School Refusal

It is the first day of school in the 8th grade and Mary does not want to go to school. She is adamantly refusing to go, saying “You cannot make me”. Prior to the first day, she was excitedly talking to her friends, planning her clothes and then, BAM, she is not going!!! She is crying, screaming and her parents do not know what to do, so they say “OK, you can stay home”. One day turns into two days, then a week, then a month. Her parents are at their wits’ end and do not know where to turn.

This is school refusal.

In 2020, it was reported 5.6 million children (9.2%) in the United States had been diagnosed with anxiety, and 2.4 million children (4.2%) are diagnosed with depression. As many as five percent of children are affected by school refusal.

Most children do not know the reasons why they don’t want to attend school. They may be worried about bullying, friend groups changing, gossip, failing grades, lack of understanding, and feeling as though they do not fit into the crowd. This is a genuine mental health issue for both parents and children alike. The children are worried and unable to attend, frustration and anxiety continue to rise unabated. They feel as though they cannot even come up with a solution. Parents worry about not providing an education for their children; they worry about truancy and that as a parent they are failing their children and themselves.

There are solutions to school refusals. The first thing to is to reach out to the school and connect with the school guidance counselor. The guidance counselor and the parents can create a plan which encourages the child to come to school. If the child is old enough, it can be beneficial to have the child involved in the plan. The child should be connected with an outside therapist or possibly the school counselor.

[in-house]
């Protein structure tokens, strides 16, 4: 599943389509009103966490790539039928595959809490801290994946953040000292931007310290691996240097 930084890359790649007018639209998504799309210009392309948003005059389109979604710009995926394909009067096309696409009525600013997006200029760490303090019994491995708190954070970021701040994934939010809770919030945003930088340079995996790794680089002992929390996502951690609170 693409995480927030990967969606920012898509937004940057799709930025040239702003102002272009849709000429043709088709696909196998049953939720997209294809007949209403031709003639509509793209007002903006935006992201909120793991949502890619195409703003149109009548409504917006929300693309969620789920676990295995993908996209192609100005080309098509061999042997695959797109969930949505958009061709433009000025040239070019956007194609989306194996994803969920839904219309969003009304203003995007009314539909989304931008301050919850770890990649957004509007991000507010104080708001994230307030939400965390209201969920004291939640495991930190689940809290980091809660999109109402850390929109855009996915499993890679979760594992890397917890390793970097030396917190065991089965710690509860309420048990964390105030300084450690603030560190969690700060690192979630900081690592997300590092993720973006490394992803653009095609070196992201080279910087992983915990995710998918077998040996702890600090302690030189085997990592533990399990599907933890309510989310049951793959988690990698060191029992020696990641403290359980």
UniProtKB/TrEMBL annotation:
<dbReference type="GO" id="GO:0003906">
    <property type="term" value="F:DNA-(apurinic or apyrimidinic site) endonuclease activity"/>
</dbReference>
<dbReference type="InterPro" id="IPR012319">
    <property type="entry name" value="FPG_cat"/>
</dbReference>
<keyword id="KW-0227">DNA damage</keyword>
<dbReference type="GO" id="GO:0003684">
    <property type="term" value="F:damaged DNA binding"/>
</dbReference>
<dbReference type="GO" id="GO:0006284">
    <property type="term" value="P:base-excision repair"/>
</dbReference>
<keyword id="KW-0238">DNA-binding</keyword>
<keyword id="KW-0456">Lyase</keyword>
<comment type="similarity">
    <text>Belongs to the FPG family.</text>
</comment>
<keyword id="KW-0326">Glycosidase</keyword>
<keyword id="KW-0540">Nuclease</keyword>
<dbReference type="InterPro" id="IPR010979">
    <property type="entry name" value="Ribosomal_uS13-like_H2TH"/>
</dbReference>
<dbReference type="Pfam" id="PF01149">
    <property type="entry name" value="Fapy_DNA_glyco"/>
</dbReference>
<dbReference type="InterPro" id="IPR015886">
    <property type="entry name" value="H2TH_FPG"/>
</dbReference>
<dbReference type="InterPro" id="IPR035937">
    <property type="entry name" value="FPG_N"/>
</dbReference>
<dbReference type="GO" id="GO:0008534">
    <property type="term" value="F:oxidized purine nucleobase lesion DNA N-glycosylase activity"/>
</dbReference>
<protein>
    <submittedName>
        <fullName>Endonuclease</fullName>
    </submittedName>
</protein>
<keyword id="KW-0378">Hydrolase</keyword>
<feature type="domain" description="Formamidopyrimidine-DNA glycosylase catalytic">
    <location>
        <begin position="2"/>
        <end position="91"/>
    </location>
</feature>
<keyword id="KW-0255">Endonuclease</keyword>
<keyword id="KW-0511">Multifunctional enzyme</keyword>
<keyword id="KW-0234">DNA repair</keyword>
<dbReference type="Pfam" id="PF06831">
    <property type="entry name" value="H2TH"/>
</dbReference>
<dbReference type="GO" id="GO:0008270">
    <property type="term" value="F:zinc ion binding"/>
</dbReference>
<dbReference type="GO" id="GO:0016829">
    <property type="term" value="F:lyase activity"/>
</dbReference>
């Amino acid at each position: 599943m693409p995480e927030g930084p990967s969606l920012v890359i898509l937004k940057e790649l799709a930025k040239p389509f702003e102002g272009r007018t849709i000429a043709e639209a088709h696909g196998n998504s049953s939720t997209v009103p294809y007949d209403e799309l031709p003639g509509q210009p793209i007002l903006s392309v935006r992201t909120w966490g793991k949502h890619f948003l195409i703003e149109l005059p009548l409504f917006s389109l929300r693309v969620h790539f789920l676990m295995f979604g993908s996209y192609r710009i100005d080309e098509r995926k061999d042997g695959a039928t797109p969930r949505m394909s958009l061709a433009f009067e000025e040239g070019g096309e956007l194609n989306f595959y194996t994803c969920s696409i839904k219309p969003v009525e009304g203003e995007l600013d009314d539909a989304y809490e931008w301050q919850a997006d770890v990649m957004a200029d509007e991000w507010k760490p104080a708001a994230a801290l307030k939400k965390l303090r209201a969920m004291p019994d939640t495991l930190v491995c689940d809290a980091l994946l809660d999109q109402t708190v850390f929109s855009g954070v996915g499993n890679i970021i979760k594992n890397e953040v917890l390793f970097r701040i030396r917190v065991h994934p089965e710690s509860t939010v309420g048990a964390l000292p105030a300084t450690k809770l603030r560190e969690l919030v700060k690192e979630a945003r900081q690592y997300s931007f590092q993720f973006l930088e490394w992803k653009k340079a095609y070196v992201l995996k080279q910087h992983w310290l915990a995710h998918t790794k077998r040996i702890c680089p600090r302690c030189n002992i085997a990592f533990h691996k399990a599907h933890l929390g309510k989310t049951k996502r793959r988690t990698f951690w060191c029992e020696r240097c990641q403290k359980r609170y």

The child could begin back to school by coming for part of the day and gradually increasing the amount of time. This graduated return to the school is very helpful. The child can attend for a half day and then over a period of a few weeks, return to a full day. There is an educational solution, called Intermittent Homebound. The child must see a pediatrician or family physician to have the Homebound form approved. This also allows for a physical examination, which can eliminate the cause as organic. In the Homebound program the child must attend school 10 out of the 20 days required to be in the schoolhouse. This is done over a limited period of time, no more than three months. During the days the child is not in school, they are receiving school work and turning it in to an assigned Homebound teacher. Activities, such as sports, are always a welcome resource and increases the amount of social time during the transitions. This will help eliminate isolation.

Hypnosis or EMDR by a licensed practitioner is an innovative solution and has been proven to have great results. (To be covered in another blog).

School refusal is real, treatment is available and progress can be made. Your child returns to school and thrives again, with the knowledge that they are warriors and overcame their greatest fears.